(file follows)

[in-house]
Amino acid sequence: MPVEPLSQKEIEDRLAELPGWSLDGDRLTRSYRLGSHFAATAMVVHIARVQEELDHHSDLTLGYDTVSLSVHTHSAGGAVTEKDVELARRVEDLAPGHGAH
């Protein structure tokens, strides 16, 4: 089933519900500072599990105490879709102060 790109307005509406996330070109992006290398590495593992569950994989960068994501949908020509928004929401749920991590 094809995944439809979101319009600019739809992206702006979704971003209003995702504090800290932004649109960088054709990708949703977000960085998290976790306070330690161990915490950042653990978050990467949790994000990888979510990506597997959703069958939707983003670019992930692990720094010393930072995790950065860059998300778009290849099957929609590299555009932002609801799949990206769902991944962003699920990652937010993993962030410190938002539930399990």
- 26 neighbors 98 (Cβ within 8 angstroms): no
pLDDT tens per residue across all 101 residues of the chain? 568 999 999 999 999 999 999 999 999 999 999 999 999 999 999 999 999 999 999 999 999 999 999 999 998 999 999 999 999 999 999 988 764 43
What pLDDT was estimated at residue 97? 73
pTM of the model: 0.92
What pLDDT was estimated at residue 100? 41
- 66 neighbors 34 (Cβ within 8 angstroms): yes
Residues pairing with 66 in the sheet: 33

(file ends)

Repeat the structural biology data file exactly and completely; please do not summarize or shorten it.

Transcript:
[in-house]
Amino acid sequence: MPVEPLSQKEIEDRLAELPGWSLDGDRLTRSYRLGSHFAATAMVVHIARVQEELDHHSDLTLGYDTVSLSVHTHSAGGAVTEKDVELARRVEDLAPGHGAH
């Protein structure tokens, strides 16, 4: 089933519900500072599990105490879709102060 790109307005509406996330070109992006290398590495593992569950994989960068994501949908020509928004929401749920991590 094809995944439809979101319009600019739809992206702006979704971003209003995702504090800290932004649109960088054709990708949703977000960085998290976790306070330690161990915490950042653990978050990467949790994000990888979510990506597997959703069958939707983003670019992930692990720094010393930072995790950065860059998300778009290849099957929609590299555009932002609801799949990206769902991944962003699920990652937010993993962030410190938002539930399990």
- 26 neighbors 98 (Cβ within 8 angstroms): no
pLDDT tens per residue across all 101 residues of the chain? 568 999 999 999 999 999 999 999 999 999 999 999 999 999 999 999 999 999 999 999 999 999 999 999 998 999 999 999 999 999 999 988 764 43
What pLDDT was estimated at residue 97? 73
pTM of the model: 0.92
What pLDDT was estimated at residue 100? 41
- 66 neighbors 34 (Cβ within 8 angstroms): yes
Residues pairing with 66 in the sheet: 33